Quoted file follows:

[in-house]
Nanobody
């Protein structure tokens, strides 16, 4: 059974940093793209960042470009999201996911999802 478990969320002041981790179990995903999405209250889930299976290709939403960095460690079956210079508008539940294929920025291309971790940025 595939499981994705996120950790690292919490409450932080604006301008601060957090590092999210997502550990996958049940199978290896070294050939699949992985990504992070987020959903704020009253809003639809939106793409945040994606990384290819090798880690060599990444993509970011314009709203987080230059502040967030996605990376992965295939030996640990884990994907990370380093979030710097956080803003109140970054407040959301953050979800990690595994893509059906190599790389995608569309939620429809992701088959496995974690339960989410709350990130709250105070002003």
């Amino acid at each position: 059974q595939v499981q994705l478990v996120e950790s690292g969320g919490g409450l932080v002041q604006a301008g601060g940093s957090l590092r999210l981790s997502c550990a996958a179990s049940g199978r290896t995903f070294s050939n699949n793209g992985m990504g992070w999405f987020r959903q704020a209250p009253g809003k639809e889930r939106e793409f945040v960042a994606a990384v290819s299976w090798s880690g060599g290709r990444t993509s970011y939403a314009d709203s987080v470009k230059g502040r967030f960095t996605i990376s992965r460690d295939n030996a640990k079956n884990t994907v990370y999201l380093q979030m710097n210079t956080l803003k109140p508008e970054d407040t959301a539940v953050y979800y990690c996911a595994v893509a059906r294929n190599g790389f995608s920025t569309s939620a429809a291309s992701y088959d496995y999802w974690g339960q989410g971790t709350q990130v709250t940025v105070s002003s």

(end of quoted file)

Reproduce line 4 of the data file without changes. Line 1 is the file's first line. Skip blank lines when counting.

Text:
């Amino acid at each position: 059974q595939v499981q994705l478990v996120e950790s690292g969320g919490g409450l932080v002041q604006a301008g601060g940093s957090l590092r999210l981790s997502c550990a996958a179990s049940g199978r290896t995903f070294s050939n699949n793209g992985m990504g992070w999405f987020r959903q704020a209250p009253g809003k639809e889930r939106e793409f945040v960042a994606a990384v290819s299976w090798s880690g060599g290709r990444t993509s970011y939403a314009d709203s987080v470009k230059g502040r967030f960095t996605i990376s992965r460690d295939n030996a640990k079956n884990t994907v990370y999201l380093q979030m710097n210079t956080l803003k109140p508008e970054d407040t959301a539940v953050y979800y990690c996911a595994v893509a059906r294929n190599g790389f995608s920025t569309s939620a429809a291309s992701y088959d496995y999802w974690g339960q989410g971790t709350q990130v709250t940025v105070s002003s």